Tuesday, July 04, 2006

Consent of the governed vs Torah authority

"We hold these truths to be self-evident that. . . . Governments are instituted among Men, deriving their just powers from the consent of the governed. . . ." (American Declaration of Independence)

"You shall not depart from what they instruct you either to the left or to the right," - even if they tell you that left is right and right is left - Dvarim 17:11, Rashi, my translation


As a practicing Jew and a patriotic American, both statements resonate with me, and reconciling them seems to be a burning issue at a time when recognized Torah authority seems to be telling us that left is right and right is left, and to believe that left is left and right is right constitutes kfira (heresy). A little history might clear things up. When the second statement was given Moshe Rabbeinu was still with us and we had a Sanhedrin whose authority was unquestionable. The Sanhedrin would be in existence until the fifth century C.E. Since then, Torah authority did not derive from an unbroken chain from Moshe Rabbeinu, and there was room for acceptance or rejection. Throughout the galut, rabbanim were hired by their communities, who had the power to fire them and sometimes did. There was a check on the arbitrary authority of a rav. Only in 20th and 21st century America (of all places!) did the rosh yeshiva or admor morph into the posek, dayan and darshan rolled into one, and become invested with near infallibility. He got his position from his father or father-in-law, no one dared oppose him, and he was accountable to nobody. All we - educated, thinking, practicing Jews - need do is revert to the practice followed ever since the Sanhedrin became defunct. We have the right to choose our own Torah authority. If those on whose every word we used to hang prove to be fools who cannot accept objective reality and would drag us back to the Dark Ages, then "it is the Right of the People to . . . institute new Government," i.e. to choose other Torah scholars who are open to the world and who respect our right to think.

[Caveat: Praise to God, the Sanhedrin was recently re-established in Israel. Click here. To its credit, it is not issuing rulings that would divide the Jewish people more than it already is. I cannot for one minute imagine the nasi, R. Adin Steinzaltz, signing on to a book ban regardless of how vehemently he may disagree with what is in the book).

Happy Fourth!

8 Comments:

Anonymous Shmuel said...

Wow, great post!! Spot on!

Thu Jul 06, 07:49:00 PM EDT  
Anonymous Anonymous said...

And what if the next nasi DID issue a ban? Would you suddenly wish that there was no sanhedrin?
You would probably want a sanhedrin that would be responsive to the will of the governed. But that would not be leadership, that would be pathetic poll taking of the fickle will of the ignorant masses.
Look in the Pirush hamishnayos of the rambam in the beginning of tractate Chullin.
There he records that in the lands of the west in his time (12th century CE)they knocked off heretics on a regular basis.
You don't always need a sanhedrin to deal with kefirah in a very timely and efficient way...

Thu Jul 27, 12:05:00 PM EDT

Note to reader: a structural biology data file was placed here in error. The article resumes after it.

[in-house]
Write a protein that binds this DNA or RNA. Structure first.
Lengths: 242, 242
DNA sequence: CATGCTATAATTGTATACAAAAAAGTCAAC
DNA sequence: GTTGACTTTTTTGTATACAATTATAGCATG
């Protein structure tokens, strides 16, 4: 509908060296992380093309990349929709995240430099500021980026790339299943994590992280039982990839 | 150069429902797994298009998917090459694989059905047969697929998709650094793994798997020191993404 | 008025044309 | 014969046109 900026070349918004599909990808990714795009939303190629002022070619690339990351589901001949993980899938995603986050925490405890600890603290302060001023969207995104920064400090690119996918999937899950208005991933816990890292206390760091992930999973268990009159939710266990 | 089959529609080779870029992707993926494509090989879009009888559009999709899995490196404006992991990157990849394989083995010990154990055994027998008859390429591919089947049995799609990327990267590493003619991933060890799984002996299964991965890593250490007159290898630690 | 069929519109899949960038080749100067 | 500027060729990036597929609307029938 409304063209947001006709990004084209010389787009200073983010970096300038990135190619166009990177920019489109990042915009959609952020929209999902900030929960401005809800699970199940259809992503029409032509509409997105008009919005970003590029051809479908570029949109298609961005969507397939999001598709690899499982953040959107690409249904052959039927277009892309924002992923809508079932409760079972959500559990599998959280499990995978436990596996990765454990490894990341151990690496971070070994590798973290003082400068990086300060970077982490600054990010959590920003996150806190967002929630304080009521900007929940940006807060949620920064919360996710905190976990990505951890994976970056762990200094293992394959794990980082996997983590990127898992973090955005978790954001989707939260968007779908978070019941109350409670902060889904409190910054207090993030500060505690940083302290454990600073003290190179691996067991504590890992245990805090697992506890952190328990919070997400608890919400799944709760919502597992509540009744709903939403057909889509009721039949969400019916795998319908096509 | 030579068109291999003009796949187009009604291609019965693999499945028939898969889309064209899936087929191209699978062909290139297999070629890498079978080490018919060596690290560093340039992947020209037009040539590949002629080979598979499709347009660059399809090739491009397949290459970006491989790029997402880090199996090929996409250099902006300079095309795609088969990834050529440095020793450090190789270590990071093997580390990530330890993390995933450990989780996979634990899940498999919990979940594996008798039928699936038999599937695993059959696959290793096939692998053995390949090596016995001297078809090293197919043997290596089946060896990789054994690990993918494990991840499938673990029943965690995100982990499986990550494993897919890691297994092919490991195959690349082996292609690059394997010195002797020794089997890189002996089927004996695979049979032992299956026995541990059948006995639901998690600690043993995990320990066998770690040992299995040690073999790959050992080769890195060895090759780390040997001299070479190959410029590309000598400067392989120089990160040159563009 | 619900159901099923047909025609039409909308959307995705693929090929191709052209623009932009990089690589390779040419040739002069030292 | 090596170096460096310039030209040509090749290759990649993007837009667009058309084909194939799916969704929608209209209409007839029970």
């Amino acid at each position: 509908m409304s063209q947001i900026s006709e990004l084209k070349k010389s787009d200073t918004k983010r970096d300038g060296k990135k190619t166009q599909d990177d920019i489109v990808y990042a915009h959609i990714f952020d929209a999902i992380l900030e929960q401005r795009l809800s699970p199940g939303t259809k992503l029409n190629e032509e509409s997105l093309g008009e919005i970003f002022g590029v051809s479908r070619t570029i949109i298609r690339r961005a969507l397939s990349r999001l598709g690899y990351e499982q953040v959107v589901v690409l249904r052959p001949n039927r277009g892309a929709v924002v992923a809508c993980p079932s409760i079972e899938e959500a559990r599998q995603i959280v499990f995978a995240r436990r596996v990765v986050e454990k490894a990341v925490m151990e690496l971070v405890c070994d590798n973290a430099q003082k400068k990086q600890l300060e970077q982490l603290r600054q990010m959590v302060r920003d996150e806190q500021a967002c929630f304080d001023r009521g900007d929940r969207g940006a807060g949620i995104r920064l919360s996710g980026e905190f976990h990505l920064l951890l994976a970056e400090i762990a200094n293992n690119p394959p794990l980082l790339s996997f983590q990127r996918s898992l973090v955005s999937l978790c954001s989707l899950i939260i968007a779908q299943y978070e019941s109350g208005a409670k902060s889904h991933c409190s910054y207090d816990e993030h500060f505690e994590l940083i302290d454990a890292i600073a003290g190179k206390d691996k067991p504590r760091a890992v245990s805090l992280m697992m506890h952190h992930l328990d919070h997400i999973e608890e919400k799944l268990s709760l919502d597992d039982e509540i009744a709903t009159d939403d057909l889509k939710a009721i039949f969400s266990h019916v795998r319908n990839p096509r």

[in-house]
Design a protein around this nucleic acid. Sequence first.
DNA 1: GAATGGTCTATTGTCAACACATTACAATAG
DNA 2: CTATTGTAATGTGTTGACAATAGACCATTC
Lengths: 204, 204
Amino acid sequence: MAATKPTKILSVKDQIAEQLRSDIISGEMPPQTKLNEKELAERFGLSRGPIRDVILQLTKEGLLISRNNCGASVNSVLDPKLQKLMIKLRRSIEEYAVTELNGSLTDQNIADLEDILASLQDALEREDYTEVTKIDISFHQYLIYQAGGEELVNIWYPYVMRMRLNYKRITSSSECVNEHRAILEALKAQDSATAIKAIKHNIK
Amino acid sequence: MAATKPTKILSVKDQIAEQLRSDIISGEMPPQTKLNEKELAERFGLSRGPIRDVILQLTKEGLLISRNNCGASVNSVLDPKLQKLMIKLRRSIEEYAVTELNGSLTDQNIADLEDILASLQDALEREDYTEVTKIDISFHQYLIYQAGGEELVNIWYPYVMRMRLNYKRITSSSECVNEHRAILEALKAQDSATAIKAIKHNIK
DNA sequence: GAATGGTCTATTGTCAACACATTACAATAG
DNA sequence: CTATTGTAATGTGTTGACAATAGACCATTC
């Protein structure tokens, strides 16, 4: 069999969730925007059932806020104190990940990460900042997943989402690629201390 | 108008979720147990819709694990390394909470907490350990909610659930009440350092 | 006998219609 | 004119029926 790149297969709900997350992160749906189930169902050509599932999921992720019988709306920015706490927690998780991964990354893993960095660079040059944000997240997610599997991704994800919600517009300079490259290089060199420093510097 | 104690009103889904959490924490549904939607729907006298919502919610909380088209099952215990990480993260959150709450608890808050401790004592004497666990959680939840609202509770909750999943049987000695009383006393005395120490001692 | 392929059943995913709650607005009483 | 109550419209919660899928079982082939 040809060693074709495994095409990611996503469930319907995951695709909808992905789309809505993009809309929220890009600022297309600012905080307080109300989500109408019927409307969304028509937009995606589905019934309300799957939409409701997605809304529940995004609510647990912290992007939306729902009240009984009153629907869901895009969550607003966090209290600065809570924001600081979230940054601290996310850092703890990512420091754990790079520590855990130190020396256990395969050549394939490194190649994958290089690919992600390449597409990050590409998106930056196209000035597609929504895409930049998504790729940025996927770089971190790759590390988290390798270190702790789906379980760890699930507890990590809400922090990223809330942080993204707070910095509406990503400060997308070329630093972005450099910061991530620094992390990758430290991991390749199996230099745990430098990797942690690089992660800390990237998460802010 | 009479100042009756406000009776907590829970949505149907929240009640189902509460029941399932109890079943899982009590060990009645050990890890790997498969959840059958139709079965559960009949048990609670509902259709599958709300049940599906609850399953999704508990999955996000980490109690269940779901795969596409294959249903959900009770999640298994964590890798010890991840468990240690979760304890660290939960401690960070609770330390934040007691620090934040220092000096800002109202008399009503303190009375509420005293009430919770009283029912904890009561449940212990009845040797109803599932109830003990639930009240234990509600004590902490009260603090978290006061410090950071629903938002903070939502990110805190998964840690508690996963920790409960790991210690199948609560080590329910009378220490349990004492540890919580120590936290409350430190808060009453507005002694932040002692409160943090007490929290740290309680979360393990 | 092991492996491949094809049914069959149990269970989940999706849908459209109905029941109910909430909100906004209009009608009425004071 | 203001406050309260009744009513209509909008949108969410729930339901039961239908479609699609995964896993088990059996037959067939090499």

Blogger Neandershort said...

"There he records that in the lands of the west in his time (12th century CE)they knocked off heretics on a regular basis.
You don't always need a sanhedrin to deal with kefirah in a very timely and efficient way... "

Who's "they?" The Rambam himself knew about knocking off heretics. He was chased out of Spain by the Al-Muwahaddin (Almohads), Muslim fanatics who invaded Spain with their puritanical and intolerant version of Islam. One could say that they were the Taliban of the age. Not only did Spanish Jewry never recover, Muslim Spain never recovered either. What was once a strong and united caliphate became a collection of rival fiefdoms ripe for picking by the Christians to the north, fanatics in their own right single-mindedly committed to reconquista. The results for us Jews are well known.
If a future nasi were to issue a book ban it may well lead to a schism similar to those that tore apart Christianity and Islam. That is why the Sanhedrin must be and is being re-established with the greatest of caution. Like any leadership, it must balance its responsibility to the governed with its obligation to sometimes take the public where it's not willing to go. John F. Kennedy comes to mind (ending legal apartheid in the U.S.). So do R. Hirsch and Rav Kook.

Thu Jul 27, 07:49:00 PM EDT  
Anonymous Anonymous said...

"they" are the Jews. The rambam was discussing the applicability of "moridin ve'ano ma'alin in his own time.
This is a Jewish halachic principle, as intolerant and anti-democratic as could be.
Live with it.

Fri Jul 28, 02:26:00 AM EDT  
Blogger Neandershort said...

Moridin v'lo ma'alin is one of those principles that might have worked in the Middle Ages but is completely unworkable in our time. A physician, for example, who does not respond on Shabbat to an emergency involving a non-Jewish patient would face professional sanctions, and anybody who takes it on himself to execute a heretic would end up in jail.
President Kennedy once said that our system isn't perfect but we don't have to build a wall to keep our people in. That seems to be what some of the gedolim are doing, and in today's world it is causing a great many people to opt out. Real authentic uncorrupted Torah has a lot going for it and is well able to compete with other value systems without recourse to bans and threats.

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